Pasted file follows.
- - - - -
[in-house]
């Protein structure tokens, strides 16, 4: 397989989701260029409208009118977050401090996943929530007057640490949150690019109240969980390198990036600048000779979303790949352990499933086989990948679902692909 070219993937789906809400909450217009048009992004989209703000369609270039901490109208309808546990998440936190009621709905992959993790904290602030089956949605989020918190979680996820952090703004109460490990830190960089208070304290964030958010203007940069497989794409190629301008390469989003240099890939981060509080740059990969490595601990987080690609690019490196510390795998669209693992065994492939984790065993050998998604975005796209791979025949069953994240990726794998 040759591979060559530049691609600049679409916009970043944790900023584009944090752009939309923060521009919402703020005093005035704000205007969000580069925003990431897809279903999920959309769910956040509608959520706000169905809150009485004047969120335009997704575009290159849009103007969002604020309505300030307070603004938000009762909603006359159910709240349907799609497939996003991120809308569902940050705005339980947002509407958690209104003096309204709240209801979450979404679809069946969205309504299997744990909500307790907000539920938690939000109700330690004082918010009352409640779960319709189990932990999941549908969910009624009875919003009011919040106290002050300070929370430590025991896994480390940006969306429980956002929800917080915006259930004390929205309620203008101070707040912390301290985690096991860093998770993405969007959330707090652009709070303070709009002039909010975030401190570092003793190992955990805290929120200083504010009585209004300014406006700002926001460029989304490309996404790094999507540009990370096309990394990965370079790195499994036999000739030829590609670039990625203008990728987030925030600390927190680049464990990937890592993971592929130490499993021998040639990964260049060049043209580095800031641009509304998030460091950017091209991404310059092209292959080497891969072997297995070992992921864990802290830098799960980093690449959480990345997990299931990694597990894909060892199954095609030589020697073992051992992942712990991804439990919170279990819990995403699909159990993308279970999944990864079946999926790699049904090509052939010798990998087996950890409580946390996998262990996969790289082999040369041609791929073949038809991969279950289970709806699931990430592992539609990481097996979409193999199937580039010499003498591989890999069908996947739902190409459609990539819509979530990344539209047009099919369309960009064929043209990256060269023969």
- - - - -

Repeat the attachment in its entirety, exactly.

[in-house]
């Protein structure tokens, strides 16, 4: 397989989701260029409208009118977050401090996943929530007057640490949150690019109240969980390198990036600048000779979303790949352990499933086989990948679902692909 070219993937789906809400909450217009048009992004989209703000369609270039901490109208309808546990998440936190009621709905992959993790904290602030089956949605989020918190979680996820952090703004109460490990830190960089208070304290964030958010203007940069497989794409190629301008390469989003240099890939981060509080740059990969490595601990987080690609690019490196510390795998669209693992065994492939984790065993050998998604975005796209791979025949069953994240990726794998 040759591979060559530049691609600049679409916009970043944790900023584009944090752009939309923060521009919402703020005093005035704000205007969000580069925003990431897809279903999920959309769910956040509608959520706000169905809150009485004047969120335009997704575009290159849009103007969002604020309505300030307070603004938000009762909603006359159910709240349907799609497939996003991120809308569902940050705005339980947002509407958690209104003096309204709240209801979450979404679809069946969205309504299997744990909500307790907000539920938690939000109700330690004082918010009352409640779960319709189990932990999941549908969910009624009875919003009011919040106290002050300070929370430590025991896994480390940006969306429980956002929800917080915006259930004390929205309620203008101070707040912390301290985690096991860093998770993405969007959330707090652009709070303070709009002039909010975030401190570092003793190992955990805290929120200083504010009585209004300014406006700002926001460029989304490309996404790094999507540009990370096309990394990965370079790195499994036999000739030829590609670039990625203008990728987030925030600390927190680049464990990937890592993971592929130490499993021998040639990964260049060049043209580095800031641009509304998030460091950017091209991404310059092209292959080497891969072997297995070992992921864990802290830098799960980093690449959480990345997990299931990694597990894909060892199954095609030589020697073992051992992942712990991804439990919170279990819990995403699909159990993308279970999944990864079946999926790699049904090509052939010798990998087996950890409580946390996998262990996969790289082999040369041609791929073949038809991969279950289970709806699931990430592992539609990481097996979409193999199937580039010499003498591989890999069908996947739902190409459609990539819509979530990344539209047009099919369309960009064929043209990256060269023969």